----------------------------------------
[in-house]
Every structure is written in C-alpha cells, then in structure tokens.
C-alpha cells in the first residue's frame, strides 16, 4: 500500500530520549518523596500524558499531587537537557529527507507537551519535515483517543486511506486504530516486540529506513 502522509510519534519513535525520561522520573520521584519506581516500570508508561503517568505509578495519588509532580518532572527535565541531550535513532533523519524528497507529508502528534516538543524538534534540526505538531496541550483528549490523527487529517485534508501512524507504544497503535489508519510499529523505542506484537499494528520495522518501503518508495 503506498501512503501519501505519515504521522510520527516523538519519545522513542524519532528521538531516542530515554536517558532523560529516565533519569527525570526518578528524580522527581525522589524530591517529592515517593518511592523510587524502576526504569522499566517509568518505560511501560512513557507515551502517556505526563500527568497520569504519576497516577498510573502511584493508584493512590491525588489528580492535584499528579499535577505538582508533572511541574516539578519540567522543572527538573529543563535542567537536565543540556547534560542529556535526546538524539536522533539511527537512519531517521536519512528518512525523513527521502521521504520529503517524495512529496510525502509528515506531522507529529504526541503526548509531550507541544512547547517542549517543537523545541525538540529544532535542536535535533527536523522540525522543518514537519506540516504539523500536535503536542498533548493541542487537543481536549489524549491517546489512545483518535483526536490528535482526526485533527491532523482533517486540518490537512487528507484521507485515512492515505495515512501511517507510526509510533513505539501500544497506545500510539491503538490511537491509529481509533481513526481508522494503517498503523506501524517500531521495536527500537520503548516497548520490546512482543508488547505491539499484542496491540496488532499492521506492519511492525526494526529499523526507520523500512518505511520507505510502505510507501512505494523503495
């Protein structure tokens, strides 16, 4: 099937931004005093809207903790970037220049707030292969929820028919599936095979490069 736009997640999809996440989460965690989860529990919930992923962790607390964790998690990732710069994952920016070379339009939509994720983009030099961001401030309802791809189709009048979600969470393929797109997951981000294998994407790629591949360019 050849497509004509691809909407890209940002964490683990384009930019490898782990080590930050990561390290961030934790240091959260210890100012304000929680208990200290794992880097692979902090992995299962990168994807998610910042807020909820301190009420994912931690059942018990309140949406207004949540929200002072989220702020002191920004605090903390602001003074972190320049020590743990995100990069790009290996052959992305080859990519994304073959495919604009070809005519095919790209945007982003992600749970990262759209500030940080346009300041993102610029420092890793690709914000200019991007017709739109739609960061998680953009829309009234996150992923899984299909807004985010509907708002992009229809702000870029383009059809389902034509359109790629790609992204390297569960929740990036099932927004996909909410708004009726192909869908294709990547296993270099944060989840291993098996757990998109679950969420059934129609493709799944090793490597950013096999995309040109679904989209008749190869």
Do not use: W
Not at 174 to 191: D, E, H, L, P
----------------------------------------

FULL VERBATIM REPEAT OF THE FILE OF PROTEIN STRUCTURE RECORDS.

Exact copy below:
[in-house]
Every structure is written in C-alpha cells, then in structure tokens.
C-alpha cells in the first residue's frame, strides 16, 4: 500500500530520549518523596500524558499531587537537557529527507507537551519535515483517543486511506486504530516486540529506513 502522509510519534519513535525520561522520573520521584519506581516500570508508561503517568505509578495519588509532580518532572527535565541531550535513532533523519524528497507529508502528534516538543524538534534540526505538531496541550483528549490523527487529517485534508501512524507504544497503535489508519510499529523505542506484537499494528520495522518501503518508495 503506498501512503501519501505519515504521522510520527516523538519519545522513542524519532528521538531516542530515554536517558532523560529516565533519569527525570526518578528524580522527581525522589524530591517529592515517593518511592523510587524502576526504569522499566517509568518505560511501560512513557507515551502517556505526563500527568497520569504519576497516577498510573502511584493508584493512590491525588489528580492535584499528579499535577505538582508533572511541574516539578519540567522543572527538573529543563535542567537536565543540556547534560542529556535526546538524539536522533539511527537512519531517521536519512528518512525523513527521502521521504520529503517524495512529496510525502509528515506531522507529529504526541503526548509531550507541544512547547517542549517543537523545541525538540529544532535542536535535533527536523522540525522543518514537519506540516504539523500536535503536542498533548493541542487537543481536549489524549491517546489512545483518535483526536490528535482526526485533527491532523482533517486540518490537512487528507484521507485515512492515505495515512501511517507510526509510533513505539501500544497506545500510539491503538490511537491509529481509533481513526481508522494503517498503523506501524517500531521495536527500537520503548516497548520490546512482543508488547505491539499484542496491540496488532499492521506492519511492525526494526529499523526507520523500512518505511520507505510502505510507501512505494523503495
């Protein structure tokens, strides 16, 4: 099937931004005093809207903790970037220049707030292969929820028919599936095979490069 736009997640999809996440989460965690989860529990919930992923962790607390964790998690990732710069994952920016070379339009939509994720983009030099961001401030309802791809189709009048979600969470393929797109997951981000294998994407790629591949360019 050849497509004509691809909407890209940002964490683990384009930019490898782990080590930050990561390290961030934790240091959260210890100012304000929680208990200290794992880097692979902090992995299962990168994807998610910042807020909820301190009420994912931690059942018990309140949406207004949540929200002072989220702020002191920004605090903390602001003074972190320049020590743990995100990069790009290996052959992305080859990519994304073959495919604009070809005519095919790209945007982003992600749970990262759209500030940080346009300041993102610029420092890793690709914000200019991007017709739109739609960061998680953009829309009234996150992923899984299909807004985010509907708002992009229809702000870029383009059809389902034509359109790629790609992204390297569960929740990036099932927004996909909410708004009726192909869908294709990547296993270099944060989840291993098996757990998109679950969420059934129609493709799944090793490597950013096999995309040109679904989209008749190869």
Do not use: W
Not at 174 to 191: D, E, H, L, P